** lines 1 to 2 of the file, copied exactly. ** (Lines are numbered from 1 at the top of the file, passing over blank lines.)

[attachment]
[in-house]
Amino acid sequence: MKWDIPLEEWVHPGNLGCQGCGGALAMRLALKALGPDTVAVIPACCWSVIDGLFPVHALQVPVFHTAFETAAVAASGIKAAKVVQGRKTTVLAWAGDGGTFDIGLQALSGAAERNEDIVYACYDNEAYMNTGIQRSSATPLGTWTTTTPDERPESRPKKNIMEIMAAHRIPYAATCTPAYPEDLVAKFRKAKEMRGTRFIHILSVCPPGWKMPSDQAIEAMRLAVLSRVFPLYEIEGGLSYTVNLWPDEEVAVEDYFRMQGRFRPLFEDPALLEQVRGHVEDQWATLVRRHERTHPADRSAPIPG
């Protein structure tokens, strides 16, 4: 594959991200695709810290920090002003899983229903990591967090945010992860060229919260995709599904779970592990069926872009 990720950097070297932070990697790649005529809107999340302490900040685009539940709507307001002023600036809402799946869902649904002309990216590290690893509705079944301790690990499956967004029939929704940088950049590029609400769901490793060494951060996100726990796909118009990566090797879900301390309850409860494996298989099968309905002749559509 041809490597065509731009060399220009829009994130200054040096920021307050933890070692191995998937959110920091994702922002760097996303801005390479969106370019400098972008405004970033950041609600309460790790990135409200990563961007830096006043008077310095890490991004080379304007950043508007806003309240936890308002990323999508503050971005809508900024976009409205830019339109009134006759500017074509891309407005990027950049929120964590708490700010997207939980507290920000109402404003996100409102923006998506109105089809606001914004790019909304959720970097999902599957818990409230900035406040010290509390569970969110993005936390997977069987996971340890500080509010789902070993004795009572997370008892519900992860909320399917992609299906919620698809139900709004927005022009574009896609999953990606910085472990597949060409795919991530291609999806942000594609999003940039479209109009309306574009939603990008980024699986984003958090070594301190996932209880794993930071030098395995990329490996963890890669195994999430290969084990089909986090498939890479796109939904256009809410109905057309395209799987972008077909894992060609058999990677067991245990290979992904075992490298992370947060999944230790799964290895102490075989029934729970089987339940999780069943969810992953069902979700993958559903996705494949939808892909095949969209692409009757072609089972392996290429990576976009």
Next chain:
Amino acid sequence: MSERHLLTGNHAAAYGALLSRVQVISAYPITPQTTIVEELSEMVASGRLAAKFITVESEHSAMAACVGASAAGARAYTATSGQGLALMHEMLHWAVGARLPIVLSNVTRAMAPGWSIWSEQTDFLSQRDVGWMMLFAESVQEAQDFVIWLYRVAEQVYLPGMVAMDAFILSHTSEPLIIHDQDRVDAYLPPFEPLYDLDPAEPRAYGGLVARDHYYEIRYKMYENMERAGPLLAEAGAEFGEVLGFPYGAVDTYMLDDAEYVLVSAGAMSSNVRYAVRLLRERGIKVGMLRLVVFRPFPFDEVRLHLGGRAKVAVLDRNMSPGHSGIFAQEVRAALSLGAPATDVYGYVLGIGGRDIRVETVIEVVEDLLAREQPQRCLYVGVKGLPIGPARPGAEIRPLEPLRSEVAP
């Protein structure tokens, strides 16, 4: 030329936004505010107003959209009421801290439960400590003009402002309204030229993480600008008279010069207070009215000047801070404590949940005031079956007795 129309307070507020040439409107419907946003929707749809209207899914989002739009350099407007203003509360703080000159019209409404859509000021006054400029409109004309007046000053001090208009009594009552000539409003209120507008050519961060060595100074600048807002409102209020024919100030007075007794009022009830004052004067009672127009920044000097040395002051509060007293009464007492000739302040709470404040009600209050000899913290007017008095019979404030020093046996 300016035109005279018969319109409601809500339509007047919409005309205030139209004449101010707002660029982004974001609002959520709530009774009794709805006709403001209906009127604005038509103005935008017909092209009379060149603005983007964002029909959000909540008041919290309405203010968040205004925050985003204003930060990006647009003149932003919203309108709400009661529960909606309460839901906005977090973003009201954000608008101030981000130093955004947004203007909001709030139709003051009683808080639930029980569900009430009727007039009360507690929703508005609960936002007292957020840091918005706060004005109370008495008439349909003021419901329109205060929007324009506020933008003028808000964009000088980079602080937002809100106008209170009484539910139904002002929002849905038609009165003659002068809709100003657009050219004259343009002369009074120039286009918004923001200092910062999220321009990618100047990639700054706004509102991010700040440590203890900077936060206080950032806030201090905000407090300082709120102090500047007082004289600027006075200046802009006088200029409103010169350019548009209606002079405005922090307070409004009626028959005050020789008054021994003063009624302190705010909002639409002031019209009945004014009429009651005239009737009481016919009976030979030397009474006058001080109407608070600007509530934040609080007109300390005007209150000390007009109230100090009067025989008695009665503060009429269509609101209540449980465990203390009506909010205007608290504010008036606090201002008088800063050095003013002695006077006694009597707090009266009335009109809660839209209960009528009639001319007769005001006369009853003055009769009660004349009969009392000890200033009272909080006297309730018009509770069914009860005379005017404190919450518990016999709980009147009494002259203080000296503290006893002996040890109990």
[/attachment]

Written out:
[in-house]
Amino acid sequence: MKWDIPLEEWVHPGNLGCQGCGGALAMRLALKALGPDTVAVIPACCWSVIDGLFPVHALQVPVFHTAFETAAVAASGIKAAKVVQGRKTTVLAWAGDGGTFDIGLQALSGAAERNEDIVYACYDNEAYMNTGIQRSSATPLGTWTTTTPDERPESRPKKNIMEIMAAHRIPYAATCTPAYPEDLVAKFRKAKEMRGTRFIHILSVCPPGWKMPSDQAIEAMRLAVLSRVFPLYEIEGGLSYTVNLWPDEEVAVEDYFRMQGRFRPLFEDPALLEQVRGHVEDQWATLVRRHERTHPADRSAPIPG